Why choose reusable water bottles filled with tap water over disposable, plastic bottles? Where should we start?
The (Not Very) Green Nature of Bottled Water
- In 2005, 28 billion bottles of water were sold, mostly in PET containers. In 2004, the last year for which data is available, 85 percent of all non-carbonated PET bottles ended up in landfills or as litter. That’s 24 billion empty water bottles—66 million every day—in ONE YEAR!
- The production of bottled water for U.S. consumption in 2006 required the equivalent of more than 17 million barrels of oil (not including transport), releasing over 2.5 million tons of carbon dioxide, a major global warming gas.
- The total amount of energy embedded in the use of bottled water is the equivalent of filling a plastic bottle one quarter full of oil.
Bottled Water Costs A Lot of Money
- Bottled water is touted as a healthy, trendy drink, without mention that it can cost 500 to 4,000 times more than tap water.
- The recommended eight glasses of water a day costs about $.49 per year. The same amount of bottled water costs about $1,400.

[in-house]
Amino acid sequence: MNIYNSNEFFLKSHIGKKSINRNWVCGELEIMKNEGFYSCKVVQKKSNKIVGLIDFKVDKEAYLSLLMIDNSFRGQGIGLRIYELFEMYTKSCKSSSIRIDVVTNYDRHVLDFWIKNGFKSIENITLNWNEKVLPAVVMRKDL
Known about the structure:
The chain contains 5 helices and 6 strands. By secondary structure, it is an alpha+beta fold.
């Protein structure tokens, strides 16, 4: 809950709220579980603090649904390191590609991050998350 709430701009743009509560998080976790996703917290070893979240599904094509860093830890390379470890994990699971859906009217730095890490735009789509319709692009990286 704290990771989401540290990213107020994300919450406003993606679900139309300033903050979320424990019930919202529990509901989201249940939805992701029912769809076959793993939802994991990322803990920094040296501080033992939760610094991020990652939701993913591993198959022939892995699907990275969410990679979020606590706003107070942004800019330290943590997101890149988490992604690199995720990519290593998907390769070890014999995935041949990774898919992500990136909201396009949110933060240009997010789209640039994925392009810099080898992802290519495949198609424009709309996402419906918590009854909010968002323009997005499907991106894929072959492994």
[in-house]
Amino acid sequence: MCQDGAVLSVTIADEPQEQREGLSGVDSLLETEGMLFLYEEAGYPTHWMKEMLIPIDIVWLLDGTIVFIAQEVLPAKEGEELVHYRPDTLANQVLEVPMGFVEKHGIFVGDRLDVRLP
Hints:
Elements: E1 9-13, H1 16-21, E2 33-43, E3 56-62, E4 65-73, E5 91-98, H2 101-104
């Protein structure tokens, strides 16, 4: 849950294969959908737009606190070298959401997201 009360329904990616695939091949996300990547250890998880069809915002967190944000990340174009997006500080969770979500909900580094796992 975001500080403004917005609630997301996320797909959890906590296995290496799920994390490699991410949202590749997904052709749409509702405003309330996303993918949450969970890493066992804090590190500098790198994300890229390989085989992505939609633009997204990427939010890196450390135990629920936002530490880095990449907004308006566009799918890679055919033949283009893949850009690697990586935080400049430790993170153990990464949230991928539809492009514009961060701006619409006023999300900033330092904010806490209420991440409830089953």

- Yearly worldwide bottled water sales are estimated at between $50 and $100 billion
Bottled Water is Not Better
- Bottled water is regulated by the Food and Drug Administration, which has weaker regulations than the Environmental Protection Agency’s regulations for tap water. Bottled water sold within states is regulated only by state agencies.
- About 70 percent of bottled water never crosses state lines for sale, making it exempt from FDA oversight.
- US municipal water systems are well regulated by the EPA, and are regularly inspected for bacteria and toxic chemicals.
- When the National Resources Defense Council tested more than 1,000 bottles including 103 bottled water brands, they found contamination (including arsenic, synthetic organics, and bacteria) exceeding allowable limits in at least one sample from about one-third of the brands.
Ready to do something?
There’s a simple solution to avoiding bottled water: buy a reusable water bottle—and use it. Don’t like the taste of your tap water? It’s much cheaper to install an inexpensive carbon water filter on your tap than to depend on bottled water.